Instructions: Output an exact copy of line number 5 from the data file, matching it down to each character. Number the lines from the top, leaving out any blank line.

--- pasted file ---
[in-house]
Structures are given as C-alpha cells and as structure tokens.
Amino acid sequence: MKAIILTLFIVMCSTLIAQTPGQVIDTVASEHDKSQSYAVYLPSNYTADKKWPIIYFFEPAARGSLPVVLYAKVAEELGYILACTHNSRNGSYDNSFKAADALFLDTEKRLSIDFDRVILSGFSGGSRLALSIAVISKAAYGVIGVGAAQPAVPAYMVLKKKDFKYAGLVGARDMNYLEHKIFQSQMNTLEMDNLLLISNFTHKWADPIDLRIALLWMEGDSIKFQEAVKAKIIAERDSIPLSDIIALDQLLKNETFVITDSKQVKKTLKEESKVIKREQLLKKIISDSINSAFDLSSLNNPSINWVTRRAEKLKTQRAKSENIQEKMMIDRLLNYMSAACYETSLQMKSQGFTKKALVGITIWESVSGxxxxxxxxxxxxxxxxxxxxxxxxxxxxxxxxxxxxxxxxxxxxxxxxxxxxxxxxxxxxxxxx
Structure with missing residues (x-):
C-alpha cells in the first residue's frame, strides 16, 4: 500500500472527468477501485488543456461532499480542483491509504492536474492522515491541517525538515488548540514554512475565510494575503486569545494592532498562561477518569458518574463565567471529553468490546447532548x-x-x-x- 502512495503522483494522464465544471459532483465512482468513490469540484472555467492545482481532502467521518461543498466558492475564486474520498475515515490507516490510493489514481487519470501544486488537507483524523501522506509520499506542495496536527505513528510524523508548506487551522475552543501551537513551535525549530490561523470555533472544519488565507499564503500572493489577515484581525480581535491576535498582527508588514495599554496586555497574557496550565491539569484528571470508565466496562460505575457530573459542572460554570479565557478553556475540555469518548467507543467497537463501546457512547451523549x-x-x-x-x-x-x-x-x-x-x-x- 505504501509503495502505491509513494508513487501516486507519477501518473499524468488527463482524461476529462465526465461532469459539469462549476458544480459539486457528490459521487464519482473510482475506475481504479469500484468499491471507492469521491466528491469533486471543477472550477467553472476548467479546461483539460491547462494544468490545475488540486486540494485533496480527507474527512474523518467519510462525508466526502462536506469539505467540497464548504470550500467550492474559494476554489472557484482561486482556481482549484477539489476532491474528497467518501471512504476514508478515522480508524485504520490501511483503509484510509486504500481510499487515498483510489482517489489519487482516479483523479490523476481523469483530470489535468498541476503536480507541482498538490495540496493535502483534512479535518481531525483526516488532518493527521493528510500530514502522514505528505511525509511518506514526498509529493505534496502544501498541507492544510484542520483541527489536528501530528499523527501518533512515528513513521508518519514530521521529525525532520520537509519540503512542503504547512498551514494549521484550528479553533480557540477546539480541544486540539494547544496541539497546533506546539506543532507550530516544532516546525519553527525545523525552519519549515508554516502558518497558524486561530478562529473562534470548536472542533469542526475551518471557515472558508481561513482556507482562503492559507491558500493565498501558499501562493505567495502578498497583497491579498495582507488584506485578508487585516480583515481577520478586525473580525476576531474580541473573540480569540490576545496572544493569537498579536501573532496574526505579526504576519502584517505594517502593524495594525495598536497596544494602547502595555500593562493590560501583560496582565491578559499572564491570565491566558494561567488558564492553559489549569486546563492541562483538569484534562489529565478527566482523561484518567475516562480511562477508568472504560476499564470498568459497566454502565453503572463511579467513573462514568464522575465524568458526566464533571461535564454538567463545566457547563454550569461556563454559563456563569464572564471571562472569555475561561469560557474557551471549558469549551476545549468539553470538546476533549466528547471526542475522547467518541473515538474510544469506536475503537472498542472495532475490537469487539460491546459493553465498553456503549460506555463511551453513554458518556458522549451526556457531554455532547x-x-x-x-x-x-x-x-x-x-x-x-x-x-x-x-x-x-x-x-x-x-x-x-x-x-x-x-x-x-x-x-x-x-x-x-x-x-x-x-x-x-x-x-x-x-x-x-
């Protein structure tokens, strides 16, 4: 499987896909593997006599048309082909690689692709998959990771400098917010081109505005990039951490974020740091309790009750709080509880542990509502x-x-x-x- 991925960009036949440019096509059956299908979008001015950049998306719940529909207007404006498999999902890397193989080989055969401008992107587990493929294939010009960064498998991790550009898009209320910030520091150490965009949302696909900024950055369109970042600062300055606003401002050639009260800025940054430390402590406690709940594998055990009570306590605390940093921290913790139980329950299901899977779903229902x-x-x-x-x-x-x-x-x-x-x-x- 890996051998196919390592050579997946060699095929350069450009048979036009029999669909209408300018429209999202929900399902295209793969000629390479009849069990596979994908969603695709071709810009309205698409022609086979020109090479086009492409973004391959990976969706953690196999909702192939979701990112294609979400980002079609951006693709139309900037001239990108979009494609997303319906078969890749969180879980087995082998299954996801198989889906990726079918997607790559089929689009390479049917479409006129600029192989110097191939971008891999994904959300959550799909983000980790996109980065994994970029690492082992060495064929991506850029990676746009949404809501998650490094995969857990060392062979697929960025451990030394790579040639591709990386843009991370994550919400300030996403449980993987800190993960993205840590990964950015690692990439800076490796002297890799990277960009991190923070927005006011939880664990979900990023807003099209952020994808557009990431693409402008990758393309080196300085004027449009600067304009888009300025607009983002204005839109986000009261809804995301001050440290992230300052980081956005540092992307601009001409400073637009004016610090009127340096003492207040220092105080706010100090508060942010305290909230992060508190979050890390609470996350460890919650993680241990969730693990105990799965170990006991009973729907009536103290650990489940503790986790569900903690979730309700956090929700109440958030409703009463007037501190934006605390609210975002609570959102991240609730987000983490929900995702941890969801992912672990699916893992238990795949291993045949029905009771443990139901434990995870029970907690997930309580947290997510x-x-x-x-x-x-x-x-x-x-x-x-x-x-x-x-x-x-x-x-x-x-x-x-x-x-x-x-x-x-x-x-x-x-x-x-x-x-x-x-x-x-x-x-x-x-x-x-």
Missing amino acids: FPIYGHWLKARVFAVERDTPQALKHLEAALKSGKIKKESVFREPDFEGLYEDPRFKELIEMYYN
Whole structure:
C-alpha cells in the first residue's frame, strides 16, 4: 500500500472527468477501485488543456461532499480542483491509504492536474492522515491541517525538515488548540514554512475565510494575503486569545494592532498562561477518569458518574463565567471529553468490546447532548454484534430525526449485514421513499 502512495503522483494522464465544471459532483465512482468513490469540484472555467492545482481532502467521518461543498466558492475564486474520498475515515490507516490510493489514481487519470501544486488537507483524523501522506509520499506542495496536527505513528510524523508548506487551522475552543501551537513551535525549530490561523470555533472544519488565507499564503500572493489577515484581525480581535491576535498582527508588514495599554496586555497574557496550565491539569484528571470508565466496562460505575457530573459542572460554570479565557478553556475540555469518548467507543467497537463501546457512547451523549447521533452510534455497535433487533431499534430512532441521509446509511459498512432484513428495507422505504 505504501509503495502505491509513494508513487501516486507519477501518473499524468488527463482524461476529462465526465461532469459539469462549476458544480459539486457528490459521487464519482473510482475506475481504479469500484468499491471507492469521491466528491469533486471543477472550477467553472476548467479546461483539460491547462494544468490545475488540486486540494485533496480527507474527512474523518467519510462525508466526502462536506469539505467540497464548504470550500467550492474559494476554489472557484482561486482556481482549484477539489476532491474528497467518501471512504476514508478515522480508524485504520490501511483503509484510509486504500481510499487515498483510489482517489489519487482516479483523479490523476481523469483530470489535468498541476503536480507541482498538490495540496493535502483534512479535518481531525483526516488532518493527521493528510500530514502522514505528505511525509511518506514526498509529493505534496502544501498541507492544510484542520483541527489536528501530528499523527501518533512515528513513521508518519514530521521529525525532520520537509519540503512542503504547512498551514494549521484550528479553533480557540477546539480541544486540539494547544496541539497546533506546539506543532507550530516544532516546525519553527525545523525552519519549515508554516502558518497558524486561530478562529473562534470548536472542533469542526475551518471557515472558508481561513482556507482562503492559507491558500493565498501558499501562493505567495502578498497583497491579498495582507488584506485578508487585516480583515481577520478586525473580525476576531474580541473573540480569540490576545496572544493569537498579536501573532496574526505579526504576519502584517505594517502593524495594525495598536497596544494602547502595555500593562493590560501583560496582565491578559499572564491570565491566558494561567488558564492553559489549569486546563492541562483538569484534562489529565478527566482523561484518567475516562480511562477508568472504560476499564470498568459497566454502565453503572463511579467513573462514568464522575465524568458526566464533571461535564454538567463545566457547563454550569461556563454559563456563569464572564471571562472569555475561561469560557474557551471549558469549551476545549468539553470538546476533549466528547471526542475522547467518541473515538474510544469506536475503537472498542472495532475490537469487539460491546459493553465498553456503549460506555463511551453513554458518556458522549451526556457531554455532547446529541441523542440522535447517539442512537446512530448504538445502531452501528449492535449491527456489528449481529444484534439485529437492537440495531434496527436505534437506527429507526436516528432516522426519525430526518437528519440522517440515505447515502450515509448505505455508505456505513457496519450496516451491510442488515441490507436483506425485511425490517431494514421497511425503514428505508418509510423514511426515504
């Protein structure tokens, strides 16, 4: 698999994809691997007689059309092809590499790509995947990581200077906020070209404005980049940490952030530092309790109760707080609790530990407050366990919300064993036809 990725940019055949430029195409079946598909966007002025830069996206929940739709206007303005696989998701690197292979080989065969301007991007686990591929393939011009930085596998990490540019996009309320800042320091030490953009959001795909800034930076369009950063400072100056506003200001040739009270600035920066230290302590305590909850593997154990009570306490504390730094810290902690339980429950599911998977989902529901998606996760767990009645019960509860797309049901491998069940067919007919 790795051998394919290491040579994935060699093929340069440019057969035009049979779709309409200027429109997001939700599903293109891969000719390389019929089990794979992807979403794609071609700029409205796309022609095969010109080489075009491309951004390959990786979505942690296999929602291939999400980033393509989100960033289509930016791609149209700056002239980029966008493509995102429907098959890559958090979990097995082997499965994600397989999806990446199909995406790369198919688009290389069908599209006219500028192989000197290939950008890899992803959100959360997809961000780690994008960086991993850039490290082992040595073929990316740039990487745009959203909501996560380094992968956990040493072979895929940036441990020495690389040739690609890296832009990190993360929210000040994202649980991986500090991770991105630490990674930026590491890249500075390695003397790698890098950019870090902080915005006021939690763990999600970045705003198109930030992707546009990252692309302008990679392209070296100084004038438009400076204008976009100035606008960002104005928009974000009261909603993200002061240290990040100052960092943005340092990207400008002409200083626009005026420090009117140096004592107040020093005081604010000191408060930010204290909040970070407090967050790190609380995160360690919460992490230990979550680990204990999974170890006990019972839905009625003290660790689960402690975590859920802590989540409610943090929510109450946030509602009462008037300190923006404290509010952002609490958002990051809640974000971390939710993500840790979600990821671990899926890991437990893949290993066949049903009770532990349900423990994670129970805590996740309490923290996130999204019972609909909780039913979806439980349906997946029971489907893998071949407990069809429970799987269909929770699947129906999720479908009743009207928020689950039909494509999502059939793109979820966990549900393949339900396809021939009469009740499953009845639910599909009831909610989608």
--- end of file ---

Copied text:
C-alpha cells in the first residue's frame, strides 16, 4: 500500500472527468477501485488543456461532499480542483491509504492536474492522515491541517525538515488548540514554512475565510494575503486569545494592532498562561477518569458518574463565567471529553468490546447532548x-x-x-x- 502512495503522483494522464465544471459532483465512482468513490469540484472555467492545482481532502467521518461543498466558492475564486474520498475515515490507516490510493489514481487519470501544486488537507483524523501522506509520499506542495496536527505513528510524523508548506487551522475552543501551537513551535525549530490561523470555533472544519488565507499564503500572493489577515484581525480581535491576535498582527508588514495599554496586555497574557496550565491539569484528571470508565466496562460505575457530573459542572460554570479565557478553556475540555469518548467507543467497537463501546457512547451523549x-x-x-x-x-x-x-x-x-x-x-x- 505504501509503495502505491509513494508513487501516486507519477501518473499524468488527463482524461476529462465526465461532469459539469462549476458544480459539486457528490459521487464519482473510482475506475481504479469500484468499491471507492469521491466528491469533486471543477472550477467553472476548467479546461483539460491547462494544468490545475488540486486540494485533496480527507474527512474523518467519510462525508466526502462536506469539505467540497464548504470550500467550492474559494476554489472557484482561486482556481482549484477539489476532491474528497467518501471512504476514508478515522480508524485504520490501511483503509484510509486504500481510499487515498483510489482517489489519487482516479483523479490523476481523469483530470489535468498541476503536480507541482498538490495540496493535502483534512479535518481531525483526516488532518493527521493528510500530514502522514505528505511525509511518506514526498509529493505534496502544501498541507492544510484542520483541527489536528501530528499523527501518533512515528513513521508518519514530521521529525525532520520537509519540503512542503504547512498551514494549521484550528479553533480557540477546539480541544486540539494547544496541539497546533506546539506543532507550530516544532516546525519553527525545523525552519519549515508554516502558518497558524486561530478562529473562534470548536472542533469542526475551518471557515472558508481561513482556507482562503492559507491558500493565498501558499501562493505567495502578498497583497491579498495582507488584506485578508487585516480583515481577520478586525473580525476576531474580541473573540480569540490576545496572544493569537498579536501573532496574526505579526504576519502584517505594517502593524495594525495598536497596544494602547502595555500593562493590560501583560496582565491578559499572564491570565491566558494561567488558564492553559489549569486546563492541562483538569484534562489529565478527566482523561484518567475516562480511562477508568472504560476499564470498568459497566454502565453503572463511579467513573462514568464522575465524568458526566464533571461535564454538567463545566457547563454550569461556563454559563456563569464572564471571562472569555475561561469560557474557551471549558469549551476545549468539553470538546476533549466528547471526542475522547467518541473515538474510544469506536475503537472498542472495532475490537469487539460491546459493553465498553456503549460506555463511551453513554458518556458522549451526556457531554455532547x-x-x-x-x-x-x-x-x-x-x-x-x-x-x-x-x-x-x-x-x-x-x-x-x-x-x-x-x-x-x-x-x-x-x-x-x-x-x-x-x-x-x-x-x-x-x-x-